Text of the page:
Recreational and Commercial Fishing Regulations Available for Download

Did you know that you can download state fishing regulations to your smartphone or other device? Using iBooks on Apple devices or your favorite book reader on the Android platform, you can download the regulations booklets for reference at any time.

sport fishing regulation booklet coverAs noted in the 2018-2019 Saltwater Sport Fishing Regulations booklet, recreational fishermen will want to take note of a few changes in fishing regulations this season.

Most notably, the recreational red abalone fishery is closed for 2018, and likely longer. To learn more about the reasons behind the unprecedented closure, see Perfect Storm” Decimates Northern California Kelp Forests, written by California Department of Fish and Wildlife (CDFW) biologists and published on the Marine Management News blogsite. Continue reading

Limited Recreational Ocean Salmon Seasons Finalized for 2018

fisherwoman with salmon
A nice Chinook salmon caught outside Bodega Bay
CDFW photo

As expected, ocean salmon anglers will have fewer opportunities this year to wet a line for their favorite fish out of most California ports.

The Pacific Fishery Management Council (PFMC) took action this week to finalize recreational salmon fishing season dates for ocean waters off California for the remainder of the year. In response to the new “overfished” status of Sacramento River fall Chinook, recreational fishing seasons in ocean waters will be cut by 40 percent in some regions, compared to unrestricted seasons.

Substantial cuts were made to ocean salmon fishing opportunity in all management areas, though some areas have longer seasons than others. Sport fisheries between the Oregon/California border and Horse Mountain will only be open from the beginning of June until early September. The longest seasons will be for fisheries from Horse Mountain to Pigeon Point (Fort Bragg and San Francisco Continue reading

Understanding Depth Limits in the Recreational Groundfish Fishery

map
California Groundfish Management Areas  map by CDFW Marine Region GIS Lab

New recreational groundfish regulations went into effect in 2017, including changes to depth limits in some areas of the state. These changes provide more opportunity than before, opening areas that have been closed for many years.

With the regulation changes have come questions from the public asking for clarification regarding how depths are defined. We hope the explanation provided here will enable all California sportsmen and women to understand and follow the depth limit regulations.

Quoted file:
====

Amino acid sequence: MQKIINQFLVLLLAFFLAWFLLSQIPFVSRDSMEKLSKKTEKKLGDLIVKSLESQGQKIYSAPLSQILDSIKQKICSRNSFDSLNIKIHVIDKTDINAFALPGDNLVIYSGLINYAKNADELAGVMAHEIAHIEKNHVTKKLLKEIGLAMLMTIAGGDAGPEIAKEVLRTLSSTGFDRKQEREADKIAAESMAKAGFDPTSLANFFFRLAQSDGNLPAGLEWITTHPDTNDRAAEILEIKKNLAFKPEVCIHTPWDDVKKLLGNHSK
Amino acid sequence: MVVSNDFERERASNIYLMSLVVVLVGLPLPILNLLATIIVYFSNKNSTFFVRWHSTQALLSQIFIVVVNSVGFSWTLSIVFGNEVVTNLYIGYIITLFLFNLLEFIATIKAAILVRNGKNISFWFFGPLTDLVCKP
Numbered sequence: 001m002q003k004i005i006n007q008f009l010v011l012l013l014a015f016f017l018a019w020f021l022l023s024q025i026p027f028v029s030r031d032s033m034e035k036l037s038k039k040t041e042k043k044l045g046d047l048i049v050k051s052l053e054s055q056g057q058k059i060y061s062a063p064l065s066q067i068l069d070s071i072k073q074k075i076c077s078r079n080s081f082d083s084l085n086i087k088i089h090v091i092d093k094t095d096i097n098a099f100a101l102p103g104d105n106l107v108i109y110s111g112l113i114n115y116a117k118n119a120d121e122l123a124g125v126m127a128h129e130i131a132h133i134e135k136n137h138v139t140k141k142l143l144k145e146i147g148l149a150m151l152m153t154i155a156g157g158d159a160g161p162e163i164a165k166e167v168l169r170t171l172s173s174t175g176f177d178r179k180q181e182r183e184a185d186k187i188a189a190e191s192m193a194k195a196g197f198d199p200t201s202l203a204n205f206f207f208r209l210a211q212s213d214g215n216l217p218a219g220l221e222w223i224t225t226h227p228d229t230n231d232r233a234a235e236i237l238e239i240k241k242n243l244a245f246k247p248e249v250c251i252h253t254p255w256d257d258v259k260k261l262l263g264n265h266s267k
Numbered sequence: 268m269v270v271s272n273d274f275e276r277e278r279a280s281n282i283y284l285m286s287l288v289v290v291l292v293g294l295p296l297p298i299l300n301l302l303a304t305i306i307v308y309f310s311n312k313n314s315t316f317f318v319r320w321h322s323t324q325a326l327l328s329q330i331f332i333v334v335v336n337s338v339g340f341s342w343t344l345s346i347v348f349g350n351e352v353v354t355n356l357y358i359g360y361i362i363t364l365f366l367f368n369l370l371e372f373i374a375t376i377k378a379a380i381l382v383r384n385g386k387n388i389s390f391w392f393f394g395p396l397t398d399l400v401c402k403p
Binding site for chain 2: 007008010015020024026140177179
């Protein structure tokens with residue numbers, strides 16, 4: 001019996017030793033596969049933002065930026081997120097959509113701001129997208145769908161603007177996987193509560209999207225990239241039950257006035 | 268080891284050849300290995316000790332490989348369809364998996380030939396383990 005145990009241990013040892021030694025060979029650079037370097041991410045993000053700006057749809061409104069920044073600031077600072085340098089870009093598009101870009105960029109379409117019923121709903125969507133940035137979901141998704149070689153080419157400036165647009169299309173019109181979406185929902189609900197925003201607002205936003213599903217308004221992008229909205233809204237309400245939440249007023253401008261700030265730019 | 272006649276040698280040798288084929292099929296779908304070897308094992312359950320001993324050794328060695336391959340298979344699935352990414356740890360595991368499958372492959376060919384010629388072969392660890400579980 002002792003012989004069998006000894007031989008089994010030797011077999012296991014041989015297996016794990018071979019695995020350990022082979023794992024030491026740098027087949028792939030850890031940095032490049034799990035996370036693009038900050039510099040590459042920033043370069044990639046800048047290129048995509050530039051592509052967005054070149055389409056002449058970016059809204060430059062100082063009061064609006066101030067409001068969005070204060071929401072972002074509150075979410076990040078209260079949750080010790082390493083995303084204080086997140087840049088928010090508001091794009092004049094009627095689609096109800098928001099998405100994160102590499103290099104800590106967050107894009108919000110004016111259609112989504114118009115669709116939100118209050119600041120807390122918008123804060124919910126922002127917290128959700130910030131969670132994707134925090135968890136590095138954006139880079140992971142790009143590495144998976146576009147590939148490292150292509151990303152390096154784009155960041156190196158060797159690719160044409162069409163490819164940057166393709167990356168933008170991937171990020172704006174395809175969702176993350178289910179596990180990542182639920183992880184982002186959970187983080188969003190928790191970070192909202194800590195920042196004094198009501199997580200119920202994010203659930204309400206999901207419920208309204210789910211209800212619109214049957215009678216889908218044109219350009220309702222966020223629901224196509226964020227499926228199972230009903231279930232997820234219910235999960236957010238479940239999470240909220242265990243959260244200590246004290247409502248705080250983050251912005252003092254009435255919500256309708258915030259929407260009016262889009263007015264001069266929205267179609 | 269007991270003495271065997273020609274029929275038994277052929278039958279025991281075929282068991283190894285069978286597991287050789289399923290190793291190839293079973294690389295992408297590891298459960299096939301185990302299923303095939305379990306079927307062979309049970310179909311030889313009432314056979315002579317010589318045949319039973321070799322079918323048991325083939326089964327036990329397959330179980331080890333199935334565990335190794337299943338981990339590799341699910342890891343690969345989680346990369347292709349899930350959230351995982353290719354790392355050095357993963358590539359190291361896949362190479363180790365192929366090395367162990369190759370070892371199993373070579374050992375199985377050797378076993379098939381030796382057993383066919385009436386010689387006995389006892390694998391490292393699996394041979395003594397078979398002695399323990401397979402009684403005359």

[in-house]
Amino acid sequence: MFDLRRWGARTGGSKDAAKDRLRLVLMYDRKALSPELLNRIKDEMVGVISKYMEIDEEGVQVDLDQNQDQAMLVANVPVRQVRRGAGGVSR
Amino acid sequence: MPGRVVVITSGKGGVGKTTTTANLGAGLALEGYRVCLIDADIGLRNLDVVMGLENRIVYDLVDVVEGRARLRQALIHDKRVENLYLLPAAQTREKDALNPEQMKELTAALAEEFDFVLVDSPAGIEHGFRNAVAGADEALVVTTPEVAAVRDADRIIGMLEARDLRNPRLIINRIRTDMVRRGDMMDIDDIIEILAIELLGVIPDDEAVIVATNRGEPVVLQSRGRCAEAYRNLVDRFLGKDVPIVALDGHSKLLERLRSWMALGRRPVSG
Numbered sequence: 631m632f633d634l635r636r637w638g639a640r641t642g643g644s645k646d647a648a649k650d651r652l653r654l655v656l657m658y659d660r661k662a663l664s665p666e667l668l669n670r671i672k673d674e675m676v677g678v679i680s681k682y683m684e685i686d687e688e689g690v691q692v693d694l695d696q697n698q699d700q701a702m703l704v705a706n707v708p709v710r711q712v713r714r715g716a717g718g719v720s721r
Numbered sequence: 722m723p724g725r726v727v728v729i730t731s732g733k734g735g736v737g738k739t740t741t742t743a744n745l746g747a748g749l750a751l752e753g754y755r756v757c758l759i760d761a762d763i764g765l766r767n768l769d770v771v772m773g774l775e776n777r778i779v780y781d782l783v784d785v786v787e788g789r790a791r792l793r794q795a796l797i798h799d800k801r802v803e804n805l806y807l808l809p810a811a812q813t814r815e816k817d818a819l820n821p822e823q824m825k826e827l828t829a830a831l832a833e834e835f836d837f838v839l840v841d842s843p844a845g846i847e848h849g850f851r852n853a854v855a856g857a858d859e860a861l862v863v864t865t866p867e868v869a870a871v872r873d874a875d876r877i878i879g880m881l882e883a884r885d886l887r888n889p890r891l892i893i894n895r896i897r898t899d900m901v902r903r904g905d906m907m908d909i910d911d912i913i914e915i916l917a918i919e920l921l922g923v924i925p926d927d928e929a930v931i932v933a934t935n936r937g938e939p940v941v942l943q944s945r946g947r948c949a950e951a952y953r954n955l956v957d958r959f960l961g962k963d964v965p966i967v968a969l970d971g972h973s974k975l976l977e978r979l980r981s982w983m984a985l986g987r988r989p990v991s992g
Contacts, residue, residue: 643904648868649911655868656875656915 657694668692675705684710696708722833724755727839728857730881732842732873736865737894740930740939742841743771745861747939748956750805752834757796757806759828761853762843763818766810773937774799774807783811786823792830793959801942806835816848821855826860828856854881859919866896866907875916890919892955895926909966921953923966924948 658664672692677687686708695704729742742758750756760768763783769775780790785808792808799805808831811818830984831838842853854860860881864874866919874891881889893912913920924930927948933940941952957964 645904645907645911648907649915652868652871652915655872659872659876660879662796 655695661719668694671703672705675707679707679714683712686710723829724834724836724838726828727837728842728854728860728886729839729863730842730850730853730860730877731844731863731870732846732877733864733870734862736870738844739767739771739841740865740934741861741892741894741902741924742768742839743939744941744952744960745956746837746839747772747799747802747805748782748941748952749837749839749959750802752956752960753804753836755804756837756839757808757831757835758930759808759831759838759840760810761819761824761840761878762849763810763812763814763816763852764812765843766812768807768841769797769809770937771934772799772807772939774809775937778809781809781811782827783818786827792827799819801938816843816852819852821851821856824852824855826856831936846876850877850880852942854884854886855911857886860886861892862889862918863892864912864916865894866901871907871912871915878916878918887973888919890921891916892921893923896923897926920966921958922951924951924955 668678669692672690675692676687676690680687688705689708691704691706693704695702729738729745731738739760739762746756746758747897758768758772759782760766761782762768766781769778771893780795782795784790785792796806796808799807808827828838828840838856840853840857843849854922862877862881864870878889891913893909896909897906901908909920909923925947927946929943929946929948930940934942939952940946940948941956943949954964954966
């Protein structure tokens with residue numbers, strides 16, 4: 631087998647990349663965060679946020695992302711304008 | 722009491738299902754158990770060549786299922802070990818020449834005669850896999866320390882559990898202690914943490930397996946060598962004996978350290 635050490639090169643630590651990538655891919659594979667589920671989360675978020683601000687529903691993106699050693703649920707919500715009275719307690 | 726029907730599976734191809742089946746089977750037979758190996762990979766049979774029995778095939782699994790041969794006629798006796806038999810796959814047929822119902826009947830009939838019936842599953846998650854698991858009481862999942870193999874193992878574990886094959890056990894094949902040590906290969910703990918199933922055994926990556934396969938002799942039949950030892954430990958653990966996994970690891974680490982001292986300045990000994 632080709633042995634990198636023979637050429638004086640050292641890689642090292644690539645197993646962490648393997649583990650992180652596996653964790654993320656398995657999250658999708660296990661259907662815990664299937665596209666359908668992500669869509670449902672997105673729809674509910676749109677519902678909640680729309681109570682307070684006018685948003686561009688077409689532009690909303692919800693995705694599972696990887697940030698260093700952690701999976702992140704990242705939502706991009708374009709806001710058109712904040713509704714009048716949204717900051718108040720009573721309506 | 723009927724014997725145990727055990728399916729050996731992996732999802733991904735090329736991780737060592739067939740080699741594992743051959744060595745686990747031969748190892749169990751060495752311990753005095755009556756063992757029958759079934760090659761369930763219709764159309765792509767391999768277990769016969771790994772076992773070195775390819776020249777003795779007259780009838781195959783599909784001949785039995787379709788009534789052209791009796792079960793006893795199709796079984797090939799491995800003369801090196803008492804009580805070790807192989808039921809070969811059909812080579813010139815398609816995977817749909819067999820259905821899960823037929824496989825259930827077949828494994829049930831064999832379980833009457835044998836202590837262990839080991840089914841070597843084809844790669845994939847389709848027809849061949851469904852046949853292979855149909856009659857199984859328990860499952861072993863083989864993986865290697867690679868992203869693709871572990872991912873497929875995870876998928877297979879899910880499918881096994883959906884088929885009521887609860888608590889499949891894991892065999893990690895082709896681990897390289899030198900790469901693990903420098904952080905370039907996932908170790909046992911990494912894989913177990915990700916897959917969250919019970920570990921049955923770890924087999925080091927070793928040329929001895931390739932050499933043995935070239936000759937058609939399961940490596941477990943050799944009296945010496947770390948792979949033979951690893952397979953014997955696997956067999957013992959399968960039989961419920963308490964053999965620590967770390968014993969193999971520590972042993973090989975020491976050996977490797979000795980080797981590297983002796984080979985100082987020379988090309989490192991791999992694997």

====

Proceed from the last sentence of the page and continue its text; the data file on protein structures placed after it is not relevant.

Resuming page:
Since 2002, Rockfish Conservation Areas (RCAs) have been used to close waters of certain depths to fishing for groundfish. The RCAs were established to help protect and rebuild overfished stocks, by prohibiting groundfish fishing in places where these stocks are most frequently encountered. Continue reading

New Groundfish Regulation Implementation Delayed

fish
Vermilion rockfish, one of more than 90 species of groundfish found in state waters.   CDFW photo by A. Maguire

UPDATE – Late on Feb 3, 2017 the federal government announced that 2017-2018 recreational and commercial groundfish regulations would go into effect on Feb. 7, 2017. View updated recreational groundfish regulation summaries here.

On Jan. 20, 2017, White House staff on behalf of President Trump implemented a regulatory freeze to ensure that the President’s appointees or designees have the opportunity to review any new or pending federal regulations. This freeze includes Continue reading

Exploring California’s Marine Protected Areas: Bolsa Chica Wetlands

Bolsa Chica wetlands
Venture onto the 400-ft. walkway to view the Bolsa Chica Wetlands from the south entrance.  CDFW photo by S. Hubbard

One of the last remaining wetland ecosystems in Southern California, the Bolsa Chica Wetlands form the largest saltwater marsh south of Point Conception, Santa Barbara County. Approximately 1,300 acres in size with an intricate five-mile trail system, the wetlands are home to more than 65 species of fish, birds, invertebrates, and mammals Continue reading